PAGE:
Contributoria has been officially released today to inspire professional and semi-professional writers and journalists to support one another.
Developed by the Guardian Media Group, its editor and co-founder is Prolific North journalist, Sarah Hartley.
The platform has been developed to work like a co-operative so that writers can collaborate on all aspects of the process, from commissioning through to editing and publication. Non-writers can also get involved in the process by backing proposals from writers and journalists and helping fund their ideas.
“Quite simply,” stated Hartley in her introduction to the platform. “We’re giving our members the tools to support the journalism they really want to read, a way to reward the producers of content who are creating what they want to see out there in the world.”
During beta testing, membership will be free.
As well as Hartley, those behind the project are Matt McAlister, who develops new businesses at Guardian Media Group and developer Dan Catt, who was involved in building Flickr in its early years.
“Contributoria will be a great way to apply some of the innovative thinking about open journalism happening at the Guardian to create new opportunities for writers around the world,” said McAlister.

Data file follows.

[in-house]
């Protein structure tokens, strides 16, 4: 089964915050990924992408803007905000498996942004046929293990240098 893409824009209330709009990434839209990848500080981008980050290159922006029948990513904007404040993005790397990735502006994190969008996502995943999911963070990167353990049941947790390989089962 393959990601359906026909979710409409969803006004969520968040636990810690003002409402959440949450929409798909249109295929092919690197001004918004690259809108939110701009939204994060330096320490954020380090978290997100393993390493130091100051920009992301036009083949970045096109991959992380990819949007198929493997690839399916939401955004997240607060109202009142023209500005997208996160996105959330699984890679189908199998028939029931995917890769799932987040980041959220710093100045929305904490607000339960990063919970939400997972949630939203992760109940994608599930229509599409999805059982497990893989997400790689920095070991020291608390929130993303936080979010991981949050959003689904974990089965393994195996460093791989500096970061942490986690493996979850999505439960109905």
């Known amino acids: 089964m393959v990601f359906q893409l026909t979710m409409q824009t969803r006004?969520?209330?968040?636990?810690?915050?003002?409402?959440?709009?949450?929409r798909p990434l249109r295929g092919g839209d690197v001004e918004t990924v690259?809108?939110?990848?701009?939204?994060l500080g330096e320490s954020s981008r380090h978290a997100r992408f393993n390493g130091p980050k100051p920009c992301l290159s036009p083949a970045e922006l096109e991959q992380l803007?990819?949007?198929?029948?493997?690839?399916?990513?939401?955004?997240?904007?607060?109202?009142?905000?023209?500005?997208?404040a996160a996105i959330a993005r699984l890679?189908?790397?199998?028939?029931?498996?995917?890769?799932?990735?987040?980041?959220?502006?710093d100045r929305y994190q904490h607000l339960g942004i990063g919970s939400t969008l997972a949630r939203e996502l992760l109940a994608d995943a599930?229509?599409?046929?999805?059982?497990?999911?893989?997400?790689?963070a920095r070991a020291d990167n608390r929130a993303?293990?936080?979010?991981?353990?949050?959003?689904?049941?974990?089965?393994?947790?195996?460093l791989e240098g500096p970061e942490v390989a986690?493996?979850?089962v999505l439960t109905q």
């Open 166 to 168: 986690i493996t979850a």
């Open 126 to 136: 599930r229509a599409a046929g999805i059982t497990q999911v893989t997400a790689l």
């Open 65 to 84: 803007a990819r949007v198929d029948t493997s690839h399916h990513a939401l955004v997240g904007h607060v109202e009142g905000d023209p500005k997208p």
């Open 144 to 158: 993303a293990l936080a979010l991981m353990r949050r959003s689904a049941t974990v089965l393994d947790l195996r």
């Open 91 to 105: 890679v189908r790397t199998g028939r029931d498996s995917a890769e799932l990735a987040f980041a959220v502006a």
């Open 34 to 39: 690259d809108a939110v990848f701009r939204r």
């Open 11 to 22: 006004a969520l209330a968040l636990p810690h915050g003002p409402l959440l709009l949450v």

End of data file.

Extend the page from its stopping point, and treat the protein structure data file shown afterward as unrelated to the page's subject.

In month one, writers will propose story ideas and then members will back these ideas using points which are allocated from their membership frees. Commissioning options are also available to media organisations which will supplement community crowdfunding.
The next stage will see writers working with peers to produce the work and finally the end result will be published on the website.
“Contributoria is designed to operate like a cooperative and inspire professional writers and journalists to support each other. Finding new ways to fund quality journalism for freelance writers will help keep a diversity of published voices online. I encourage all journalists and writers to join up and help shape what could be the future of writing,” said Hartley.
The project initially received funding from Google, when it won the News Innovation Contest from the International Press Institute.